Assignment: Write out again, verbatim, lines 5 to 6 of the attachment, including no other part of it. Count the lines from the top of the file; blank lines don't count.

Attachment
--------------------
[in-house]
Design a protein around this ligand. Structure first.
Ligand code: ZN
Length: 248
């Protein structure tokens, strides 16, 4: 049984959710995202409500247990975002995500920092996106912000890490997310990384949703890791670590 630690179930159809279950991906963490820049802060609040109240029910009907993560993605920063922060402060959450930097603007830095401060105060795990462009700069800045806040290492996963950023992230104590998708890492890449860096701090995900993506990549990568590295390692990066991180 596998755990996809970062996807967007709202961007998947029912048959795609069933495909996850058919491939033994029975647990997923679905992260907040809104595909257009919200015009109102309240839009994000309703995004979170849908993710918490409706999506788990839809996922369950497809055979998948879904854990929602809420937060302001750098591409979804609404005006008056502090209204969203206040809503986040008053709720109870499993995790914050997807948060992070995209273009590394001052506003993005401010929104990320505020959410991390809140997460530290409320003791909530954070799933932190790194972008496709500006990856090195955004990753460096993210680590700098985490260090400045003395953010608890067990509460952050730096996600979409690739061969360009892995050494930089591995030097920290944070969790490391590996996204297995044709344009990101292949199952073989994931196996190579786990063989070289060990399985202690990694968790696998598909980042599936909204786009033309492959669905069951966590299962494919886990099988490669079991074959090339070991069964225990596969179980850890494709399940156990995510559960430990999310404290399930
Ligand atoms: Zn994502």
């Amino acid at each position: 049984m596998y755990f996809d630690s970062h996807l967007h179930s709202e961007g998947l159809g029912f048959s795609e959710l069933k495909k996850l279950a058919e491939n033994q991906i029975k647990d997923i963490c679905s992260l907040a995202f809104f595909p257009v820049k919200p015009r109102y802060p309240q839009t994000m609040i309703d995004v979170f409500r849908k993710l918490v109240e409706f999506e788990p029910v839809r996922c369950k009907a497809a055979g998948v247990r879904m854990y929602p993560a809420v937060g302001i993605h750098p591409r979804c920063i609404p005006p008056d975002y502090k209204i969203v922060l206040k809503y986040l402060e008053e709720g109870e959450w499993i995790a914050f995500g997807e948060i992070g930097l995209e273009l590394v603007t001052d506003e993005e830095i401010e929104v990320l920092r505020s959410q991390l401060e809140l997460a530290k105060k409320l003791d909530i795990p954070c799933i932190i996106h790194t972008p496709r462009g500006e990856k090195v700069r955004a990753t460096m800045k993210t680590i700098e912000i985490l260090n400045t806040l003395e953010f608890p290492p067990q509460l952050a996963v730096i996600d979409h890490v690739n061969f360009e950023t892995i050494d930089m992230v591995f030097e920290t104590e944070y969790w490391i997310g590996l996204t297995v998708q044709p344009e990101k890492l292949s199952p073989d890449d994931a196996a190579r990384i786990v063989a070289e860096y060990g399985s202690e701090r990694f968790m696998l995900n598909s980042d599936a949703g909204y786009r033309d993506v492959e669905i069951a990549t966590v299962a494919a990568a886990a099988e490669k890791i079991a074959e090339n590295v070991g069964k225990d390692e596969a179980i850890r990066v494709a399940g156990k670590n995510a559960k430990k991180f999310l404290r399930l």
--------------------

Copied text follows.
């Protein structure tokens, strides 16, 4: 049984959710995202409500247990975002995500920092996106912000890490997310990384949703890791670590 630690179930159809279950991906963490820049802060609040109240029910009907993560993605920063922060402060959450930097603007830095401060105060795990462009700069800045806040290492996963950023992230104590998708890492890449860096701090995900993506990549990568590295390692990066991180 596998755990996809970062996807967007709202961007998947029912048959795609069933495909996850058919491939033994029975647990997923679905992260907040809104595909257009919200015009109102309240839009994000309703995004979170849908993710918490409706999506788990839809996922369950497809055979998948879904854990929602809420937060302001750098591409979804609404005006008056502090209204969203206040809503986040008053709720109870499993995790914050997807948060992070995209273009590394001052506003993005401010929104990320505020959410991390809140997460530290409320003791909530954070799933932190790194972008496709500006990856090195955004990753460096993210680590700098985490260090400045003395953010608890067990509460952050730096996600979409690739061969360009892995050494930089591995030097920290944070969790490391590996996204297995044709344009990101292949199952073989994931196996190579786990063989070289060990399985202690990694968790696998598909980042599936909204786009033309492959669905069951966590299962494919886990099988490669079991074959090339070991069964225990596969179980850890494709399940156990995510559960430990999310404290399930
Ligand atoms: Zn994502």